Algebras introduced by K. Iséki in [a4] as a generalized version of BCK-algebras (cf. BCK-algebra). The latter were developed by Iséki and S. Tannaka in [a6] to generalize the set difference in set theory, and by Y. Imai and Iséki in [a3] as the algebras of certain propositional calculi. It turns out that Abelian groups (cf. Abelian group) are a special case of BCI-algebras. One may take different axiom systems for BCI-algebras, and one such system says that a BCI-algebra is a non-empty set with a binary relation and a constant satisfying
iv) and imply that ;
v) implies that . A partial order may be defined by if and only if . A very useful identity satisfied by is . One can then develop many of the usual algebraic concepts. An ideal is a set with the properties that and that whenever and , then . The ideal is implicative if and imply that . It is known that one always has . An ideal is closed if whenever then . While ideals in general are not subalgebras, closed ideals are. A subalgebra simply means a subset containing and closed under that is itself a BCI-algebra under .
The subset of all elements forms an ideal, called the -radical of . The algebra is a BCK-algebra if and only if , and is -semi-simple if and only if . In the latter case, satisfies the identity for all and . It then follows that one can define an operation on by , and . This makes into an Abelian group with as the identity. Conversely, every Abelian group can be given a BCI-algebra structure by . It follows that the category of Abelian groups is equivalent to the subcategory of the category of BCI-algebras formed by the -semi-simple BCI-algebras. Here, a homomorphism from one BCI-algebra to another is a function satisfying . In general, always contains a -semi-simple BCI-subalgebra, namely its -semi-simple part . Of course, also , since it can be verified easily that the induced partial order in a -semi-simple BCI-algebra is always trivial. Clearly, is -semi-simple if , and is a BCK-algebra if . Note that for a -semi-simple BCI-algebra, the closed ideals are precisely the subgroups of the associated Abelian group structure.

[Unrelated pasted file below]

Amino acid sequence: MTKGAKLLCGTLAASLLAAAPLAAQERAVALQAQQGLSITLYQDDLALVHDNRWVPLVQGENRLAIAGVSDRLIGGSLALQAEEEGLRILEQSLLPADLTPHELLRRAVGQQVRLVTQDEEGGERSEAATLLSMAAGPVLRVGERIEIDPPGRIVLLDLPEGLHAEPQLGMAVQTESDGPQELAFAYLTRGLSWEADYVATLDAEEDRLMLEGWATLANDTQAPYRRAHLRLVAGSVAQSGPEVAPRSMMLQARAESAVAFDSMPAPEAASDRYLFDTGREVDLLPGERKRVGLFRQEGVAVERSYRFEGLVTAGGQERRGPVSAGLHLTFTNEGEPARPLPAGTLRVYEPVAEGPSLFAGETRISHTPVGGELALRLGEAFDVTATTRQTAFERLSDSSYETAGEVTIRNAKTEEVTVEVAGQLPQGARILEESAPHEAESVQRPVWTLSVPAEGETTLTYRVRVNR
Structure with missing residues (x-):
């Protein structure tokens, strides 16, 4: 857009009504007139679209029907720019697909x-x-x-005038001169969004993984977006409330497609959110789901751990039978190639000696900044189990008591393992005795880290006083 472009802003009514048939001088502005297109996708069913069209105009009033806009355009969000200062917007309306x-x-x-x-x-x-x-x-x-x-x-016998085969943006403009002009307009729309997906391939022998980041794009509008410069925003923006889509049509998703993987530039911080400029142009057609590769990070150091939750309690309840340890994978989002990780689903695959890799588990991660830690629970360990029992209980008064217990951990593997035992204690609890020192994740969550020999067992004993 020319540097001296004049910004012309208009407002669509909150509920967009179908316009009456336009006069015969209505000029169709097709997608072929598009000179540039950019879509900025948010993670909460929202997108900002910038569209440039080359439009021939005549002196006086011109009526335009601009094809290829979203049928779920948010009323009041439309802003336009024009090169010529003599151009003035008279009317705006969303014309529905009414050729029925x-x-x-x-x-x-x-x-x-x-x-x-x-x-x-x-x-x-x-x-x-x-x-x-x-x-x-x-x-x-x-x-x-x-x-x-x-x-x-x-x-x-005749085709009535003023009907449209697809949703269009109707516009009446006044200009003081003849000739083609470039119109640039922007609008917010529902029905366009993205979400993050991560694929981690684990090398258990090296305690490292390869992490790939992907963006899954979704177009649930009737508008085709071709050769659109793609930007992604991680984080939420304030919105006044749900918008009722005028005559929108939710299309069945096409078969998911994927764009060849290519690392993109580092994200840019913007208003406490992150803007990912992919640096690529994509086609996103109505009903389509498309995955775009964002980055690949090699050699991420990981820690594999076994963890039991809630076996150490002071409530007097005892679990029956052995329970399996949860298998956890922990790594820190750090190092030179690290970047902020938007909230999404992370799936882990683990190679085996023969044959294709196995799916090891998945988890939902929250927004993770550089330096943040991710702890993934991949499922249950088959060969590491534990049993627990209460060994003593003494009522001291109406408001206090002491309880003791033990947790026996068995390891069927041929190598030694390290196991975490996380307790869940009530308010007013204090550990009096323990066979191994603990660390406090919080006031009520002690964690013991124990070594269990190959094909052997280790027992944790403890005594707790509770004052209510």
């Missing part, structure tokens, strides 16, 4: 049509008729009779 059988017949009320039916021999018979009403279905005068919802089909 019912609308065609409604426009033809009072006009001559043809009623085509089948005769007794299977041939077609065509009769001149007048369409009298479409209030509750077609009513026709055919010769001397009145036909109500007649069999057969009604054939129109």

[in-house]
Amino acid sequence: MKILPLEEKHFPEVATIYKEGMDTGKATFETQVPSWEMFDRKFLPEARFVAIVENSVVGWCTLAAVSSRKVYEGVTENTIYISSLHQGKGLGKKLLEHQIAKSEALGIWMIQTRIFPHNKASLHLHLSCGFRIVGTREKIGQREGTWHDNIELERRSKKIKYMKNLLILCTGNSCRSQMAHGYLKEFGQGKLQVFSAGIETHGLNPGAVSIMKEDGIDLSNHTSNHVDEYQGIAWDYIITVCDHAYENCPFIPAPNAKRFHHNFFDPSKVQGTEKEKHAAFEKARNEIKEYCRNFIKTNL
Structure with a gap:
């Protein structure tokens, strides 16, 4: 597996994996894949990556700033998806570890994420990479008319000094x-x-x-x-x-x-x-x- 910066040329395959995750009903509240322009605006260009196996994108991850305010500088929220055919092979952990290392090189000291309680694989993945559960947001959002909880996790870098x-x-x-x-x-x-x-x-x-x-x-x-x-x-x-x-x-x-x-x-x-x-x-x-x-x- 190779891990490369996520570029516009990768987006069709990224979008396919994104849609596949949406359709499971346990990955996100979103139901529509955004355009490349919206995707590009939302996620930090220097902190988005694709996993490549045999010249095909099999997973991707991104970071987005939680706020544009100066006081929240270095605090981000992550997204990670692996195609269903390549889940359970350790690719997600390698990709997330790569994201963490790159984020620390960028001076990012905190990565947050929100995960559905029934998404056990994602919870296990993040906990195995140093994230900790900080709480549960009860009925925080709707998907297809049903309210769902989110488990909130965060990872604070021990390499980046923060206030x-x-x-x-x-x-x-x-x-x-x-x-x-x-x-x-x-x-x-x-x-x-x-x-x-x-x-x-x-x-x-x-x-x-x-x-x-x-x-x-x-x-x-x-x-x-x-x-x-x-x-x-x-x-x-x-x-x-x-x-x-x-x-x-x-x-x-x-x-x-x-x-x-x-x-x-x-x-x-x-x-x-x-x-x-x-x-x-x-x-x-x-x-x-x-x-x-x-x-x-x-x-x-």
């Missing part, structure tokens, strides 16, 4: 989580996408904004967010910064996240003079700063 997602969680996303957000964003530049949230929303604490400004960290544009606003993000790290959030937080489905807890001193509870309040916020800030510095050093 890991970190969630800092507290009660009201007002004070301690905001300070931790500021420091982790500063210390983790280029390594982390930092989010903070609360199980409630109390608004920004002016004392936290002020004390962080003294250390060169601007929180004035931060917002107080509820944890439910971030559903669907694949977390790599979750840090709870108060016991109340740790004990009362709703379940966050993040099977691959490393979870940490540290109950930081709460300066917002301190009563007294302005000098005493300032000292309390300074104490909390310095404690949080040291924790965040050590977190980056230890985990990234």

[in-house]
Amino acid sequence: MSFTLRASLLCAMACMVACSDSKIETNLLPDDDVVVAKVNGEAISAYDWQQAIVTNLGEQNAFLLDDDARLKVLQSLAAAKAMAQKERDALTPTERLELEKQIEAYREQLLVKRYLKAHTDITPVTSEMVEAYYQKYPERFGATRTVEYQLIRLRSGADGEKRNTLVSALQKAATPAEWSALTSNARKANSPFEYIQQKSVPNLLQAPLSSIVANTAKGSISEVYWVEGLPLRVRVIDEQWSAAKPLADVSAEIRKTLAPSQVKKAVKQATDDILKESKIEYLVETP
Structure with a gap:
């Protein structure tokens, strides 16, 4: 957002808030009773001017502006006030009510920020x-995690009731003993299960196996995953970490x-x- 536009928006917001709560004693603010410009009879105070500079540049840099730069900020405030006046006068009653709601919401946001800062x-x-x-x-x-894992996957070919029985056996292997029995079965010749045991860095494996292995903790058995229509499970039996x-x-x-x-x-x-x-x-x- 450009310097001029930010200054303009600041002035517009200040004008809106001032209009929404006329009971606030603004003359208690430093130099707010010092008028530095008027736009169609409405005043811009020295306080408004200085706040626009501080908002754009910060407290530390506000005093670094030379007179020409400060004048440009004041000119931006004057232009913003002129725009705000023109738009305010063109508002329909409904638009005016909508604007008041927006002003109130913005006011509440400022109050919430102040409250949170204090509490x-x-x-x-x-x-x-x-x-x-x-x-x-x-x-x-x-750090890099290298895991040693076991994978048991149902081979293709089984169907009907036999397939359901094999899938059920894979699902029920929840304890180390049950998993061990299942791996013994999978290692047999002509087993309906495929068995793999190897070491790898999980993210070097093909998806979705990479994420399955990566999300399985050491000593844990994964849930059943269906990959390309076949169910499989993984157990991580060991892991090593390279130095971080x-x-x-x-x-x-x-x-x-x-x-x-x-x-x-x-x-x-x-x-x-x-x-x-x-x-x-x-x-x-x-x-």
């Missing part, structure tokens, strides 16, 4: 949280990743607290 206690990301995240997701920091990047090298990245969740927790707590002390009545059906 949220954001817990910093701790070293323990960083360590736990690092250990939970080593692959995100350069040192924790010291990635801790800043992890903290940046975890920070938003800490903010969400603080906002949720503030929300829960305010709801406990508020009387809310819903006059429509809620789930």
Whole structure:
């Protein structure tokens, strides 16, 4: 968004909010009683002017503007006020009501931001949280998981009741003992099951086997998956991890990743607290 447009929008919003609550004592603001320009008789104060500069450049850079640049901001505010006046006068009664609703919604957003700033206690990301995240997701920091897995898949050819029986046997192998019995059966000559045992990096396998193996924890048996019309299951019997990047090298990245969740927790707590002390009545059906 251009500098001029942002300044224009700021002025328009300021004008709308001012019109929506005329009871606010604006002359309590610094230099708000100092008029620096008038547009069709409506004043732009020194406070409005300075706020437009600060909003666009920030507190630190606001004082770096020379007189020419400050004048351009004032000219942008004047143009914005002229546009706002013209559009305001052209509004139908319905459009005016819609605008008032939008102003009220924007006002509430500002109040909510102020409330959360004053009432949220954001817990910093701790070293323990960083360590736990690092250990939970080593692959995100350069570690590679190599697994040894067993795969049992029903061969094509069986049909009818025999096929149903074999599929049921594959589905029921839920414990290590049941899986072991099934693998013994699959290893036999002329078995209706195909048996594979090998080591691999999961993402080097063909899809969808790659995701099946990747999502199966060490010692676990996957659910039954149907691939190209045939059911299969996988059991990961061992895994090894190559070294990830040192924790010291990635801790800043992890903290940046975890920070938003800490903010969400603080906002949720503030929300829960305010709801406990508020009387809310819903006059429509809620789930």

Some of the homological algebra properties of BCI-algebras are known. For example, it is known that a BCI-algebra is injective if and only if it is -semi-simple and its associated Abelian group structure is divisible (cf, also Divisible group).
|[a1]||C.S. Hoo, "Fuzzy ideals of BCI and MV-algebras" Fuzzy Sets and Systems , 62 (1994) pp. 111–114|
|[a2]||C.S. Hoo, "Fuzzy implicative and Boolean ideals of MV-algebras" Fuzzy Sets and Systems , 66 (1994) pp. 315–327|
|[a3]||Y. Imai, K. Iséki, "On axiom systems of propositional calculi, XIV" Proc. Japan Acad. Ser. A, Math. Sci. , 42 (1966) pp. 19–22|
|[a4]||K. Iséki, "An algebra related with a propositional calculus" Proc. Japan Acad. Ser. A, Math. Sci. , 42 (1966) pp. 26–29|
|[a5]||K. Iséki, "On BCI-algebras" Math. Seminar Notes (Kobe University) , 8 (1980) pp. 125–130|
|[a6]||K. Iséki, S. Tanaka, "An introduction to the theory of BCK-algebras" Math. Japon. , 23 (1978) pp. 1–26|
BCI-algebra. C.S. Hoo (originator), Encyclopedia of Mathematics. URL: http://www.encyclopediaofmath.org/index.php?title=BCI-algebra&oldid=12055